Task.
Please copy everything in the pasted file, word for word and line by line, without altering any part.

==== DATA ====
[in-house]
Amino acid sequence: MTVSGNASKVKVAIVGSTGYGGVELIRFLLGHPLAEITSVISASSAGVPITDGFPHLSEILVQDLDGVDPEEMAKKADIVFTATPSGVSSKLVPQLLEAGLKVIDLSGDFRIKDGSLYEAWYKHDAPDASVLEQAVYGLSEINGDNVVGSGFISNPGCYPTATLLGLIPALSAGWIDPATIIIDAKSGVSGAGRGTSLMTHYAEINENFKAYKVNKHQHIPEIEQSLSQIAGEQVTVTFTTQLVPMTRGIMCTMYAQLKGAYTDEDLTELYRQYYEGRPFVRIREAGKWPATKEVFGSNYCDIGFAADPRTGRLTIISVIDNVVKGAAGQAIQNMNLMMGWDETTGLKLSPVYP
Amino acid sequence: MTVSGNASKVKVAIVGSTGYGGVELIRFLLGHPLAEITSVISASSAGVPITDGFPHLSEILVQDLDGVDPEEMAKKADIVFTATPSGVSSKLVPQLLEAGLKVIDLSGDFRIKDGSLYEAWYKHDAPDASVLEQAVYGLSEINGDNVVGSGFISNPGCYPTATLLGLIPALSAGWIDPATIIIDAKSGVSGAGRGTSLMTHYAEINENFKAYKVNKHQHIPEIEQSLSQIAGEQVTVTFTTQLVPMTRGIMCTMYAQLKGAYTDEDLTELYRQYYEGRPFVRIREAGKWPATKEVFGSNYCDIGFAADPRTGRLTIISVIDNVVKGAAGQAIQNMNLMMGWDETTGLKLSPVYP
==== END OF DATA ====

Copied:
[in-house]
Amino acid sequence: MTVSGNASKVKVAIVGSTGYGGVELIRFLLGHPLAEITSVISASSAGVPITDGFPHLSEILVQDLDGVDPEEMAKKADIVFTATPSGVSSKLVPQLLEAGLKVIDLSGDFRIKDGSLYEAWYKHDAPDASVLEQAVYGLSEINGDNVVGSGFISNPGCYPTATLLGLIPALSAGWIDPATIIIDAKSGVSGAGRGTSLMTHYAEINENFKAYKVNKHQHIPEIEQSLSQIAGEQVTVTFTTQLVPMTRGIMCTMYAQLKGAYTDEDLTELYRQYYEGRPFVRIREAGKWPATKEVFGSNYCDIGFAADPRTGRLTIISVIDNVVKGAAGQAIQNMNLMMGWDETTGLKLSPVYP
Amino acid sequence: MTVSGNASKVKVAIVGSTGYGGVELIRFLLGHPLAEITSVISASSAGVPITDGFPHLSEILVQDLDGVDPEEMAKKADIVFTATPSGVSSKLVPQLLEAGLKVIDLSGDFRIKDGSLYEAWYKHDAPDASVLEQAVYGLSEINGDNVVGSGFISNPGCYPTATLLGLIPALSAGWIDPATIIIDAKSGVSGAGRGTSLMTHYAEINENFKAYKVNKHQHIPEIEQSLSQIAGEQVTVTFTTQLVPMTRGIMCTMYAQLKGAYTDEDLTELYRQYYEGRPFVRIREAGKWPATKEVFGSNYCDIGFAADPRTGRLTIISVIDNVVKGAAGQAIQNMNLMMGWDETTGLKLSPVYP